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Optoelectronics/Displays??

Printed, flexible electronics market to shoot up 15%

Posted: 23 May 2013 ?? ?Print Version ?Bookmark and Share

Keywords:OLED? flexible electronics? thin film sensors? supercapacitors?

Research firm IDTechEx forecasts that over the next ten years, the total market value of printed, flexible and organic electronics will shoot up to $76.79 billion from $16.04 billion this year.

The 15 per cent CAGR will be seen across profitable large sectors, the majority being OLEDs (organic but not printed) and conductive ink used for a wide range of applications. On the other hand, stretchable electronics, logic and memory, thin film sensors and other components are much smaller segments today, just emerging from R&D.

So far there have been three billion-dollar sales successes; OLEDs, e-paper and conductive ink. OLEDs are seeing continual adoption in cell phones and OLED TV sales have begun this year. IDTechEx sees much movement in the display sector, as panel makers try and distance themselves from losses in the LCD industry, caused by new competition from China. The landscape will change with some Asian countries potentially unable to afford extensive R&D in OLEDs such as Taiwan. E-paper sales have declined as e-reader sales have declined. To reach that sales peak again new markets are being explored as is colour, video capable bistable displays.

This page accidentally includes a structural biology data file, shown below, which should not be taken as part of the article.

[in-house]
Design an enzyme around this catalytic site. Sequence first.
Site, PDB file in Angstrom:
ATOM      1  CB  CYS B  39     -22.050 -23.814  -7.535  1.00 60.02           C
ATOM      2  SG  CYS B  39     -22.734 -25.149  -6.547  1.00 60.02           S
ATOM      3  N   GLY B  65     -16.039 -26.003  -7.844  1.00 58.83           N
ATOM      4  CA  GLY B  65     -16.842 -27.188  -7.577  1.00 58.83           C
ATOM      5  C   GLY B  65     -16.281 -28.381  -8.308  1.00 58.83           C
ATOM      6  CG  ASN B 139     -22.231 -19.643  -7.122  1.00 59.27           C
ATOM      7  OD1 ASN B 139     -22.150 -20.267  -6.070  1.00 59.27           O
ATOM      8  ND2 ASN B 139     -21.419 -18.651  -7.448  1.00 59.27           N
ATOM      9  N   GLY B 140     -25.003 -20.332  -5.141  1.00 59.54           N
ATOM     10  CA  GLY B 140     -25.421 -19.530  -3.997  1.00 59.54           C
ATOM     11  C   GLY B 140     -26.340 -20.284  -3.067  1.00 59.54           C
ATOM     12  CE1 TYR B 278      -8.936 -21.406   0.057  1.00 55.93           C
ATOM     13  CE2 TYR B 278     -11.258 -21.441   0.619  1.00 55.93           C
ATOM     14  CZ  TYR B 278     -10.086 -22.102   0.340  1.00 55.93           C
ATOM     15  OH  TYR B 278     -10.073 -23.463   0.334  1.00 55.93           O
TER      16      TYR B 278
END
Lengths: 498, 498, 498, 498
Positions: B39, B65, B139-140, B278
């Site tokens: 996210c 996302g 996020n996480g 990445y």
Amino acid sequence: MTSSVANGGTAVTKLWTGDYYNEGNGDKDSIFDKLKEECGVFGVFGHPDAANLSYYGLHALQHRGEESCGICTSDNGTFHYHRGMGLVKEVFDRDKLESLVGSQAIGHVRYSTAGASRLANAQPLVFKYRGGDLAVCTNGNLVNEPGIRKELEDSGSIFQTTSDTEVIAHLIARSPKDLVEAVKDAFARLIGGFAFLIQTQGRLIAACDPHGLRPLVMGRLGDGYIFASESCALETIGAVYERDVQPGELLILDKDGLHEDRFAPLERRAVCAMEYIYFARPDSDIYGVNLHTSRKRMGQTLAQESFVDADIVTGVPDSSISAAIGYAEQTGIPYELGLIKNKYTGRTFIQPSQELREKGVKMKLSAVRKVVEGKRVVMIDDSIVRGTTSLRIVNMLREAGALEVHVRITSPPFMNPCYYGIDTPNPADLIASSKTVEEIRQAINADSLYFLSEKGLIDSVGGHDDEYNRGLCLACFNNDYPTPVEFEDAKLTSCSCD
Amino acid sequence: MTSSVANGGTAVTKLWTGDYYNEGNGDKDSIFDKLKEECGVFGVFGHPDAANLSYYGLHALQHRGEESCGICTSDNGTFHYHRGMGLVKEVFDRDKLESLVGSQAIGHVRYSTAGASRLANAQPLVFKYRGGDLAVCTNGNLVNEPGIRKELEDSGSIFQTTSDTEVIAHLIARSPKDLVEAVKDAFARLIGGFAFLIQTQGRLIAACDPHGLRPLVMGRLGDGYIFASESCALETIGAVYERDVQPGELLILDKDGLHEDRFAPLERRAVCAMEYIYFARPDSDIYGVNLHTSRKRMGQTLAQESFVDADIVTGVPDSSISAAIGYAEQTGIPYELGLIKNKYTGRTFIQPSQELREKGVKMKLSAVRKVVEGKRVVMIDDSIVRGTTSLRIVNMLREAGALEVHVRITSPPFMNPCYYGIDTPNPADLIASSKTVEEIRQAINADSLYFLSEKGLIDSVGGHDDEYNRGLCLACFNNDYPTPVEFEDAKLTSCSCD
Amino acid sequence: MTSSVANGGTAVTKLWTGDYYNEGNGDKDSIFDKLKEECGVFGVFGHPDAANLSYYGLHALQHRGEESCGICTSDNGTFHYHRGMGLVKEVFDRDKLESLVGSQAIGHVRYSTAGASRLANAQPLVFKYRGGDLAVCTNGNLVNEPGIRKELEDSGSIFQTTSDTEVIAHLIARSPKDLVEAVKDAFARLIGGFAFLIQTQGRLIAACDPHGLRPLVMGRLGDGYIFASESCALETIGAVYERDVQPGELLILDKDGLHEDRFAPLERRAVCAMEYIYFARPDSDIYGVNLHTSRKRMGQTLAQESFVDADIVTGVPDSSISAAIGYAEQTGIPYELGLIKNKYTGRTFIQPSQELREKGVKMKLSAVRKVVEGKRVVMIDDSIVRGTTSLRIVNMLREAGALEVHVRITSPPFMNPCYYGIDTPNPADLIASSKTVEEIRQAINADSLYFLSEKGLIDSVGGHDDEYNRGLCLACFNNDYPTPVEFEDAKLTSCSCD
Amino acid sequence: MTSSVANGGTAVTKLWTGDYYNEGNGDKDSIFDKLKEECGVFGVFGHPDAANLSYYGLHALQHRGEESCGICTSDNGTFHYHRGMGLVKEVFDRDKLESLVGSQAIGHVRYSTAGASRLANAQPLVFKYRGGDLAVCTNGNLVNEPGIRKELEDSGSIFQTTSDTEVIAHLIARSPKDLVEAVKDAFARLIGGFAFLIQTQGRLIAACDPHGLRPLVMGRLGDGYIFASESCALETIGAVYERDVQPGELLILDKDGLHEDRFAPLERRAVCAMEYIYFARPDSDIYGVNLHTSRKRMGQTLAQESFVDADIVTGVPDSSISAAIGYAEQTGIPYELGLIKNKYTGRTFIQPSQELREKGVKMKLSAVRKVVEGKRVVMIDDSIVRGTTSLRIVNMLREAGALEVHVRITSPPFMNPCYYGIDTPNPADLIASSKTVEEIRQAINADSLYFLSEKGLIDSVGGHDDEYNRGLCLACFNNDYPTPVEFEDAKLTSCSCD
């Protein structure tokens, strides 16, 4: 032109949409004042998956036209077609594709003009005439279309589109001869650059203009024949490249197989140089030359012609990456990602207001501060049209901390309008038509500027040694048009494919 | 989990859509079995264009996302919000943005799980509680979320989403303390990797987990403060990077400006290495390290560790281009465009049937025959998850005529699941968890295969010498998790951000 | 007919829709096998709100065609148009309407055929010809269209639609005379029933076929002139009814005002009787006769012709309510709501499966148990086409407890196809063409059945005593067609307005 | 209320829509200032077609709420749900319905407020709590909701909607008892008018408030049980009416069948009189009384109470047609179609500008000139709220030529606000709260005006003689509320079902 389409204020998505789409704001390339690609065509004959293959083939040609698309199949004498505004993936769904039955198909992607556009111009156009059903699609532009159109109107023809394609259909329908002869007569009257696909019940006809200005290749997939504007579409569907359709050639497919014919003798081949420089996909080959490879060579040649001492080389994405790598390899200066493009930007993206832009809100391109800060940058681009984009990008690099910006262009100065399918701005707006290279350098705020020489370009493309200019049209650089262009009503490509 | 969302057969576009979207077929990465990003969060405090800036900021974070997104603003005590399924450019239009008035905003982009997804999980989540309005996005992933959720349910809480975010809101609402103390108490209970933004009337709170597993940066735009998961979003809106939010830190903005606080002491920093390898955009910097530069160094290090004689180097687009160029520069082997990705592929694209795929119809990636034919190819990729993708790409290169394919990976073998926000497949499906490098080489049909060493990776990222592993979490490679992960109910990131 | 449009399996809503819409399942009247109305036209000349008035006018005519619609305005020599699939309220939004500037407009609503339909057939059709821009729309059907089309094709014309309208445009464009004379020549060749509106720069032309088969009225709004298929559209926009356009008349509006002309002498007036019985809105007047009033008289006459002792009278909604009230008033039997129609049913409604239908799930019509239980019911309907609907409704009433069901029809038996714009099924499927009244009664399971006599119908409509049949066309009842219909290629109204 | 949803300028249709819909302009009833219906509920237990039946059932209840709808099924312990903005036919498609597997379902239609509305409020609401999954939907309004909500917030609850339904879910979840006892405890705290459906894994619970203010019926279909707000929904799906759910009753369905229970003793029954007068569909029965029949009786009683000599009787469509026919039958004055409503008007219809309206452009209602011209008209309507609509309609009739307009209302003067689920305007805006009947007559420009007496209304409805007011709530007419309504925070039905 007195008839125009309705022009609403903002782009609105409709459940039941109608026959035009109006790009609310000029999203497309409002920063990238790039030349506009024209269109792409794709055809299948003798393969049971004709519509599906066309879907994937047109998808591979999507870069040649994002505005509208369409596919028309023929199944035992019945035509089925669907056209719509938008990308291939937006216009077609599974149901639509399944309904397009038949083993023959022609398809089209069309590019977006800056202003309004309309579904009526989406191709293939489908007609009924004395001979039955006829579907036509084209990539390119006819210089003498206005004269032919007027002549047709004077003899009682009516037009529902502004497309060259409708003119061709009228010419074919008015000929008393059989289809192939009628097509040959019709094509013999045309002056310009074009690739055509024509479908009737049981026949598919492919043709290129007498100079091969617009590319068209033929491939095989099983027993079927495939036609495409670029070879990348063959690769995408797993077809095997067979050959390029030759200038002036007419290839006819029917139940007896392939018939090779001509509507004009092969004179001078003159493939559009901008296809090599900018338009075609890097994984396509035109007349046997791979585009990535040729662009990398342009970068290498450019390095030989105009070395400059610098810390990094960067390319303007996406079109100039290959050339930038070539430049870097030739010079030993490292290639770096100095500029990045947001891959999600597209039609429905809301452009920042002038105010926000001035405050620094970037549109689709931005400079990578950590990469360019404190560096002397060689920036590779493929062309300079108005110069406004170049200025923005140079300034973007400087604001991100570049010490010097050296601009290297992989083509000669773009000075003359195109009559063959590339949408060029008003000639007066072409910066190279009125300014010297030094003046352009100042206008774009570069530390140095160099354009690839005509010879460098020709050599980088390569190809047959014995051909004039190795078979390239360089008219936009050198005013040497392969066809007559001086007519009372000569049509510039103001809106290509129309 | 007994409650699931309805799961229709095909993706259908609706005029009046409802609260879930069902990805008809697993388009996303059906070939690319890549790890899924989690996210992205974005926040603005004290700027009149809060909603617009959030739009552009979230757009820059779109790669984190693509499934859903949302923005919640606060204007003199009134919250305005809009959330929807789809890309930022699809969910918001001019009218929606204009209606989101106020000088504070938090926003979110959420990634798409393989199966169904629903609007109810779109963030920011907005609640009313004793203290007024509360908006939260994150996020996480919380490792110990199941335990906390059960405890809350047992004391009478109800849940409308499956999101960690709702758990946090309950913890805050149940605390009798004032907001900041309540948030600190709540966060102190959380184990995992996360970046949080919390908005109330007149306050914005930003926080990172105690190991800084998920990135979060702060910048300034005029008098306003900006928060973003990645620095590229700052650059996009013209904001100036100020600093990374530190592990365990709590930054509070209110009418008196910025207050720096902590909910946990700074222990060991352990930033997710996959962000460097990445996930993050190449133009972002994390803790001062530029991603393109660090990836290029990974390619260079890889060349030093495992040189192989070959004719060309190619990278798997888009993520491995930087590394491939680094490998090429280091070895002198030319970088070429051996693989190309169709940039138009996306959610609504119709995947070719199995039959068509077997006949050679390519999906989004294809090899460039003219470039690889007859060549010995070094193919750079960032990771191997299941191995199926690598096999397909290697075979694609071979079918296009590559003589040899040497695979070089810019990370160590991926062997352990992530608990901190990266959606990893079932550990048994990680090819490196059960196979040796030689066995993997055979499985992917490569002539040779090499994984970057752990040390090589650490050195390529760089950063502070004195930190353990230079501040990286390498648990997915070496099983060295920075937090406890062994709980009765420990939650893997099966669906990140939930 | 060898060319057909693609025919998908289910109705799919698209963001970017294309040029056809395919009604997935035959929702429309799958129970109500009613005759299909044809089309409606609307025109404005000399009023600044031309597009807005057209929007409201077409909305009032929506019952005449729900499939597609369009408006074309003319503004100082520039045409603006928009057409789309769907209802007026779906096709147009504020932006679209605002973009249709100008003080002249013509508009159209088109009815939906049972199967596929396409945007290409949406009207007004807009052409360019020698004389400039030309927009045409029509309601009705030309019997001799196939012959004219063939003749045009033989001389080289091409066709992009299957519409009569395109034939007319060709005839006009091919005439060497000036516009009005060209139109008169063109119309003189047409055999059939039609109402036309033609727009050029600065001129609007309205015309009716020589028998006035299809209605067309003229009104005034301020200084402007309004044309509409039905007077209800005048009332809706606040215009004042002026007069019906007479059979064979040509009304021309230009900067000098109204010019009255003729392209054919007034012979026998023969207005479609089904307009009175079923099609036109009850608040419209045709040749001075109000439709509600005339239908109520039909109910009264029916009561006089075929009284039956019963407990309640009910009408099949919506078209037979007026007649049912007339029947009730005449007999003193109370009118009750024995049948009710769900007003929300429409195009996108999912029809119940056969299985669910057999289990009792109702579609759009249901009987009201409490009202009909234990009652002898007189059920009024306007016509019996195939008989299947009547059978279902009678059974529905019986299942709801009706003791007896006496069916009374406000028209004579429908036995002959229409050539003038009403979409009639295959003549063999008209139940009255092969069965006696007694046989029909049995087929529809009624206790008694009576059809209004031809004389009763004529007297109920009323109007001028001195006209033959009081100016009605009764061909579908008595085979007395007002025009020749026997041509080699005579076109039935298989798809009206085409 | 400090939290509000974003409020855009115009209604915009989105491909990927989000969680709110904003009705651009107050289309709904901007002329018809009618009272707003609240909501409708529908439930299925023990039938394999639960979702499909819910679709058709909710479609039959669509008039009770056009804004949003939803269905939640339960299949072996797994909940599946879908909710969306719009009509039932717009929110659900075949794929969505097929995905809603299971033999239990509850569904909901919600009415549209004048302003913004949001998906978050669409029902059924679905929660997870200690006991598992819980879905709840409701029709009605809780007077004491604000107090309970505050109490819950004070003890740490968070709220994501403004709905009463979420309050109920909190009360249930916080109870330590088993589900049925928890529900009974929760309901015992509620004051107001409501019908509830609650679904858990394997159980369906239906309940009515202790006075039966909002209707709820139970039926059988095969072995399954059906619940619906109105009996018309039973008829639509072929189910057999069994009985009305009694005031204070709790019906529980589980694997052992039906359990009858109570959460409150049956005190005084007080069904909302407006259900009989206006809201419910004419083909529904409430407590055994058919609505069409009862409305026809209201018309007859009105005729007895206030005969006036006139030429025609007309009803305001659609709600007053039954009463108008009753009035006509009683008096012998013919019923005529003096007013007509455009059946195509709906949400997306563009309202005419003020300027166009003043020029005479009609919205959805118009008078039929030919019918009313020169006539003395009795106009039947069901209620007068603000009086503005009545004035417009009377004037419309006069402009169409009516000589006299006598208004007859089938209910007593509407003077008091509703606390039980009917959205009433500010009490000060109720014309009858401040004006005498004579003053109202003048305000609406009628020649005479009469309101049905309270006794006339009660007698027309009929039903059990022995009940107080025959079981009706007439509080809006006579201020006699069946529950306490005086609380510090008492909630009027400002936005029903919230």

State of commercialisation of printed, organic and flexible electronics in 2013

State of commercialisation of printed, organic and flexible electronics in 2013. Source: IDTechEx.

IDTechEx believes that the overall conductive ink market size will decline in 2013 as it did last year, due to less use in the photovoltaic market. However, thereafter the market will increase again as the PV sector shakes-out and other markets for conductive inks continue to grow.

Some companies have survived ten years without making substantial sales or any profit. Some of these are now repositioning from trying to do something very difficult, such as replacing complete existing devices, to simpler things, allowing them to move to market more quickly. Few can keep going after ten years of minimal sales. Examples of new focus include finely printed patterns for transparent conductive films (a $1.8 billion opportunity), improving the performance of lithium batteries (a $25 billion market), enabling supercapacitors for vehicles and consumer electronics ($0.8 billion in 2013) and adding 3D touch surfaces to many things, as Ford has done for its overhead consoles in some cars.

A few vendors are building ecosystems to develop complete systems- bringing together key enabling components and creating complete working devices. Watch Thinfilm, PARC, PST, PragmatIC and Soligie amongst others. For equipment manufacture it is notable that NovaCentrix and Muhlbauer have come together to provide a turnkey solution for RFID tag manufacture using copper ink for the tag antennas-now the purchaser does not have to try and build the disparate systems themselves. Still, there is quite a way to go. For example, even simply creating hybrid devices-part printed, part conventional on the same substrate is proving a challenge to automate.





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